Yana decided to start a distribution company for Ukrainian clothing brands in the UK. ‘This would open up the market for them which is really important to create jobs and support their economy at this time, but it will also bring the UK unique, high-quality clothing at an affordable price,’ she explains. ‘The name Nenya is a Ukrainian word and the translation is motherland or grandma. For me it has a lot of meaning because I love Ukraine and I want to help them, but also I was raised by my grandma and she died one year ago so this word means a lot to me.’

She adds: ‘I also wanted to help other refugees in the UK like me to find a job and integrate here. I want us to be a part of the society and create a new life here and that includes paying taxes. Now we’re here we are part of this economy and it’s really important that while we get the benefits, we also get a job and give back.’

Following an article about Yana’s ambitions in a local newspaper, many local businesses have offered their help and support to get her back on her feet. ‘A lot of people started to find me and write to me – they all just wanted to help!’ says Yana. ‘Step by step I got some stock and I also got some wholesale partners. People have invested both their time and knowledge in me and I now have quite a big team who help me with lots of aspects, from PR and business connections, to advertising and design.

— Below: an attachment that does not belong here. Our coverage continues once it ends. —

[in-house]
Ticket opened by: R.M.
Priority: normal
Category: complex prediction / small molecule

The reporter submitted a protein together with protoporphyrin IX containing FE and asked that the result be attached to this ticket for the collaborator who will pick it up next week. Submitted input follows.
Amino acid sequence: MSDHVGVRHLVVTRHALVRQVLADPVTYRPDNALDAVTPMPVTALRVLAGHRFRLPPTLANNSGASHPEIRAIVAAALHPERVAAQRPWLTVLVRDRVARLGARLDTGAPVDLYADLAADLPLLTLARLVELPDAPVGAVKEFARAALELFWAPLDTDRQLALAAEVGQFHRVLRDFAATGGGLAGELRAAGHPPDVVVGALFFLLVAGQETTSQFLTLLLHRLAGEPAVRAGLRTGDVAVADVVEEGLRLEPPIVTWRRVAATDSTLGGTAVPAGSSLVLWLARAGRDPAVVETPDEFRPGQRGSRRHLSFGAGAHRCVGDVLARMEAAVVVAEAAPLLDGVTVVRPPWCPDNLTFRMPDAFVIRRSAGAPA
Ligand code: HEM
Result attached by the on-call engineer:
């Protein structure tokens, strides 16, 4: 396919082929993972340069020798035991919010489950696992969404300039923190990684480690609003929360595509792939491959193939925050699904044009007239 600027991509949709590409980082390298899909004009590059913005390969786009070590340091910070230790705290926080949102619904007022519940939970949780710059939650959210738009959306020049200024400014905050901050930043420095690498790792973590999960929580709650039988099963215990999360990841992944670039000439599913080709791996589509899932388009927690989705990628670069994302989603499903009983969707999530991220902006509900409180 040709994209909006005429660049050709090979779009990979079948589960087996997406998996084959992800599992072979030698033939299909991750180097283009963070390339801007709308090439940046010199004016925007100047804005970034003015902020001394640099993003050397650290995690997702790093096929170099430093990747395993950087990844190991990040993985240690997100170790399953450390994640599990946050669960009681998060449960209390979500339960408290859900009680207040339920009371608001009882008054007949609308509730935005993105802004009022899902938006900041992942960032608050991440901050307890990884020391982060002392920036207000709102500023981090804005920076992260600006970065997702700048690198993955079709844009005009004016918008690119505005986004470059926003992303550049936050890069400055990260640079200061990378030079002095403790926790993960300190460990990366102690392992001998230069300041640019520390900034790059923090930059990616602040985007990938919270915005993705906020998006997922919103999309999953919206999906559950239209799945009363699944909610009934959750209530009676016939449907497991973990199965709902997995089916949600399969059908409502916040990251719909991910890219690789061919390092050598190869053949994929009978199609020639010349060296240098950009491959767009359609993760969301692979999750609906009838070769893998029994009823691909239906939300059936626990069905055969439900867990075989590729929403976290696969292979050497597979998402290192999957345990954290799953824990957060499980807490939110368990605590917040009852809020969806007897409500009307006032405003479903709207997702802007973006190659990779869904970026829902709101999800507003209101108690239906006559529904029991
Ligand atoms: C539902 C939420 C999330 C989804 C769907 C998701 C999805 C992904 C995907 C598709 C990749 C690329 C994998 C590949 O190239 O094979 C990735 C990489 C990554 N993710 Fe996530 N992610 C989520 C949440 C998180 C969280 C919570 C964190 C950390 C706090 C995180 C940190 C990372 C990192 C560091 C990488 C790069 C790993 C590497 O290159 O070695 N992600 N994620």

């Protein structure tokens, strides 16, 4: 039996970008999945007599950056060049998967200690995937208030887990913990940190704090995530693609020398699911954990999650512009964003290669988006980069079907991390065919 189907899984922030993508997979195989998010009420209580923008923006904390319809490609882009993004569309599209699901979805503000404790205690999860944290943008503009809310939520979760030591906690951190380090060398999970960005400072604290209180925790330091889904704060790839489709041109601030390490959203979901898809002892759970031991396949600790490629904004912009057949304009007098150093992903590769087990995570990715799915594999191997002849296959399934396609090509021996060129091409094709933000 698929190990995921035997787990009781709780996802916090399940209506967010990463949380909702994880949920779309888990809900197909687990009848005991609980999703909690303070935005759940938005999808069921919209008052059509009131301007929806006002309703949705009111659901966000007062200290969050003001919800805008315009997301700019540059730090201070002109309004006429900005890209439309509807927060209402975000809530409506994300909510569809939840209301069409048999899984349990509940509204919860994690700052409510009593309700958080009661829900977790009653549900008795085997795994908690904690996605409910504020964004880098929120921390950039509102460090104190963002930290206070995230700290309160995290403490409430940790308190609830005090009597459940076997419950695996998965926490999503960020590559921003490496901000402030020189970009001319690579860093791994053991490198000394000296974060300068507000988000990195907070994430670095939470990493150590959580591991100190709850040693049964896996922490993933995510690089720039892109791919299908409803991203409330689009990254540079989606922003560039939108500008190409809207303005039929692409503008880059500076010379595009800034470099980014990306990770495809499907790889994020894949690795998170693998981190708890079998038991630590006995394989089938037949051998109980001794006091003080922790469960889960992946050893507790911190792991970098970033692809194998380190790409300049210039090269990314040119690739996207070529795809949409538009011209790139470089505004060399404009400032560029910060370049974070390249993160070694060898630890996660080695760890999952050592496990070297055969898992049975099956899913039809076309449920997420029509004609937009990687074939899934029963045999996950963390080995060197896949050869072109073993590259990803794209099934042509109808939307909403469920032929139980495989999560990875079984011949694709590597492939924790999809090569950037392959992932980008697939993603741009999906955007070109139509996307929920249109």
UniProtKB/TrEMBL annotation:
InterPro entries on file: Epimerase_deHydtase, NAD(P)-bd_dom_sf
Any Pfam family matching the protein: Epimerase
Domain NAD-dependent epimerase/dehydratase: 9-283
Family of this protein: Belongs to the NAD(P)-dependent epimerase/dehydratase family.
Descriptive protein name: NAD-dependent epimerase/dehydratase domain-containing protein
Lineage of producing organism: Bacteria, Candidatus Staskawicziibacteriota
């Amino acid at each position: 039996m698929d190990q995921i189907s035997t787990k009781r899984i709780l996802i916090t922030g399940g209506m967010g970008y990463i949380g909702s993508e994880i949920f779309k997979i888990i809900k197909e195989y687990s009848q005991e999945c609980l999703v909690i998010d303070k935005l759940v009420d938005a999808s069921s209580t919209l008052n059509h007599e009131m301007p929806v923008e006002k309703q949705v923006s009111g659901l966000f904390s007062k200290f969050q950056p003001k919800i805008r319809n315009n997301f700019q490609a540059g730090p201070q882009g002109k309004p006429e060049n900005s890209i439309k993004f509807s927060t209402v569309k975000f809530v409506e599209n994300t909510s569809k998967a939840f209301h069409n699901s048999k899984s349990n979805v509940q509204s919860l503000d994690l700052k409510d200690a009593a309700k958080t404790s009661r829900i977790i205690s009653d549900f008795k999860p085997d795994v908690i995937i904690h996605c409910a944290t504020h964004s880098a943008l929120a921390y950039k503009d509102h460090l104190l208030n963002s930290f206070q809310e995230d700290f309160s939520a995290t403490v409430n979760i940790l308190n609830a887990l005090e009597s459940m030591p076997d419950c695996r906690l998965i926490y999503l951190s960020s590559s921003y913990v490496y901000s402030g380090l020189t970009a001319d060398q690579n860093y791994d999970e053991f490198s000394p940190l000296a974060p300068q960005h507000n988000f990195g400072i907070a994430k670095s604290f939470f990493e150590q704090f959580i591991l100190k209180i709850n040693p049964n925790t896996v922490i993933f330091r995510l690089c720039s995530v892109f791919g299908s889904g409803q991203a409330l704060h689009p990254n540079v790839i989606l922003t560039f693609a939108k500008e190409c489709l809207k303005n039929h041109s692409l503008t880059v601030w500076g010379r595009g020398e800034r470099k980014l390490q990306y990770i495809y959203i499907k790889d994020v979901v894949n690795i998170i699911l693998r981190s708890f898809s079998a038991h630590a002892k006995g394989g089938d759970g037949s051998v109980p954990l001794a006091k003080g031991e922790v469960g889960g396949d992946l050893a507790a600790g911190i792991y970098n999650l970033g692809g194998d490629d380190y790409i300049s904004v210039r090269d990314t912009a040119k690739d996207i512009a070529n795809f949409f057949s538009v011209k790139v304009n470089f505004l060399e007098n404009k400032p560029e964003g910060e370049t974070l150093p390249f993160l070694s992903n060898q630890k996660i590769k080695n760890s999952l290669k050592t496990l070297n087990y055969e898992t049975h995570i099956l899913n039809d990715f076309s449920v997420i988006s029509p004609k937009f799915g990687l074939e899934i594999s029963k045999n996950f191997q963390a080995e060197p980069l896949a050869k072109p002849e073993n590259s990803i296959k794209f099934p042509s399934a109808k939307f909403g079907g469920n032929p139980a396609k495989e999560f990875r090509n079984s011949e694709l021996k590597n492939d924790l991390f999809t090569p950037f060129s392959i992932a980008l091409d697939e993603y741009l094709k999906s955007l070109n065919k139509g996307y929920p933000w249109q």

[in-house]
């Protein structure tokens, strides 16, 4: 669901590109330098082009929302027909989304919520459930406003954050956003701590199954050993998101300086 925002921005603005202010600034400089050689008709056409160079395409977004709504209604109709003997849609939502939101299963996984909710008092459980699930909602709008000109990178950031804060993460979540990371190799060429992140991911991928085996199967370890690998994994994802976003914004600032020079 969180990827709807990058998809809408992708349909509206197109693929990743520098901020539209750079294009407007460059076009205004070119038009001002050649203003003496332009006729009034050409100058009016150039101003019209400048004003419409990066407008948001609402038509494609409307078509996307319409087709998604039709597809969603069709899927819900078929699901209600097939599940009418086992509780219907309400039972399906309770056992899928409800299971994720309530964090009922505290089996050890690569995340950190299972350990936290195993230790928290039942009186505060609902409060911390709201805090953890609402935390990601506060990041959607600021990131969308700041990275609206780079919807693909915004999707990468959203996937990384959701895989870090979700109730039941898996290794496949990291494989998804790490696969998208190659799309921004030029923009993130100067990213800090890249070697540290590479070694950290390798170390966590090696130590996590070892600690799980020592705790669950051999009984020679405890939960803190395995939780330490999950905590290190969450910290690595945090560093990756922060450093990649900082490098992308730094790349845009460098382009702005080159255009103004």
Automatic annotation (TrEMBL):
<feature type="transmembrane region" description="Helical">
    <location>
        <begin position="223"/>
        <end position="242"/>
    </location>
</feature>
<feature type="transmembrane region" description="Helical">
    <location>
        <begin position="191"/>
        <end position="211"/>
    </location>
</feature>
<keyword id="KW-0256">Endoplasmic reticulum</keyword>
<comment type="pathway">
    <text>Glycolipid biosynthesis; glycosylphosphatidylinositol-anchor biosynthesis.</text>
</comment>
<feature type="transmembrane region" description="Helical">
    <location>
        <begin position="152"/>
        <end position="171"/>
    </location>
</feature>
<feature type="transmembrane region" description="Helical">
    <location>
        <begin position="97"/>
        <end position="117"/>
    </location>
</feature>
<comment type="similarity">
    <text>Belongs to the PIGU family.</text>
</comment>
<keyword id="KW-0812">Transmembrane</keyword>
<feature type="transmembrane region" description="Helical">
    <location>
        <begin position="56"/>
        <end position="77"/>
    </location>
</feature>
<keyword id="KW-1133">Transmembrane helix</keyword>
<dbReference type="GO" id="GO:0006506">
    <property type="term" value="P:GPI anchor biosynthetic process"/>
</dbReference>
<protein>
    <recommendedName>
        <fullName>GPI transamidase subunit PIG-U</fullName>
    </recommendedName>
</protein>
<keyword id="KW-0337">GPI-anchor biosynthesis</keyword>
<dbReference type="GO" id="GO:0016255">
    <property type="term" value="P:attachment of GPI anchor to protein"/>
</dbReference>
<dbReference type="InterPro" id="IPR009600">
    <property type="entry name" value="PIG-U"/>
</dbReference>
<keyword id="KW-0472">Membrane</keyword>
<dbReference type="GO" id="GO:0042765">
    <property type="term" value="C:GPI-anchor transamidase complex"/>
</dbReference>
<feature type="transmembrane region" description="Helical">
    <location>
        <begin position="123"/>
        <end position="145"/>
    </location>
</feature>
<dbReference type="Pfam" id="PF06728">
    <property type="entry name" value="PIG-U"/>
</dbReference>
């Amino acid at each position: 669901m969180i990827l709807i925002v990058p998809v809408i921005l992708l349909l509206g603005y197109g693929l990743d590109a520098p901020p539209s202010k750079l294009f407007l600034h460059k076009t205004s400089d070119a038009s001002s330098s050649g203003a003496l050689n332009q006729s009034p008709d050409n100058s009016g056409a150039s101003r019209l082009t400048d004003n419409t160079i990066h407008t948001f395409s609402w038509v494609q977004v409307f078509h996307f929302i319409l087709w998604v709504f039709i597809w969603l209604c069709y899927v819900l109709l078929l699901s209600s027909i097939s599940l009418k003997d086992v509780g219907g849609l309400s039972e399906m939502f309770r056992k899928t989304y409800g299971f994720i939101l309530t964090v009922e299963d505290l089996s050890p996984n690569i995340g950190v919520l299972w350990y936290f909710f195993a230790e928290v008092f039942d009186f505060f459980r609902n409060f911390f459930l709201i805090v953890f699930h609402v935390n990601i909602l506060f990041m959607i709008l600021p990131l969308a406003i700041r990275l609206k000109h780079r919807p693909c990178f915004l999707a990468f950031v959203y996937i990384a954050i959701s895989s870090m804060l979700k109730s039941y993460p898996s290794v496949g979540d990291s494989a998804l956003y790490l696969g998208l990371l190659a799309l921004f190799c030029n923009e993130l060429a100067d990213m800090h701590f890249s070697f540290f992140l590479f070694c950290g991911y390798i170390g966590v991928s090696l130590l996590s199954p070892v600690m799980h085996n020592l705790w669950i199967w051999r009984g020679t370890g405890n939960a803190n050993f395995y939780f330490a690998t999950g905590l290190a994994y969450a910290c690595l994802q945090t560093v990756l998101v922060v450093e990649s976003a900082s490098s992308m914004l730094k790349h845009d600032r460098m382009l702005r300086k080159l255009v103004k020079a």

Clothes on racks

‘People just see that I’m trying to do my best and understand that it’s not so easy to escape your country and start your life from zero. So I’ve had a lot of support from people and that’s why I think people in Yorkshire are the kindest people I’ve met in my life. Everyone’s so involved and they all want to help. It’s just amazing.’

All the support has paid off, with Nenya already running pop-up shops in both Victoria Gate and Trinity Shopping Centre in Leeds, and Yana’s plan is to continue building on this in the future. ‘I just finished planning work for the next year and if everything goes to plan I will take part in two of the biggest exhibitions in the UK, Pure London and Spring Fair,’ Yana says. ‘They’re quite expensive so I’m looking for support for this, but I also want to open a new pop-up shop here in Yorkshire and then in London and Manchester too. So I’m looking for connections with Selfridges, Net-A-Porter, John Lewis and Harvey Nichols, to help with the pop-up shops and present the project.

‘I want to add a few other brands, one lingerie and one shoes, and I’m also pitching and trying to find some investment to grow the business. Nenya’s had a great reaction and for myself I already see that this project will be really successful but I need some help. I’m really active and really motivated so my plan is just to grow the business. I believe I can help even more Ukrainians from here, but also I’m learning how to work in the local market and I really want to be useful here. I don’t just want to be a guest, I want to be part of Yorkshire.’

To find out more or shop Nenya’s products head to 


Longline fluffy cardigan, £132

Knitted colour-block midi dress, £108

Constructor trench, £402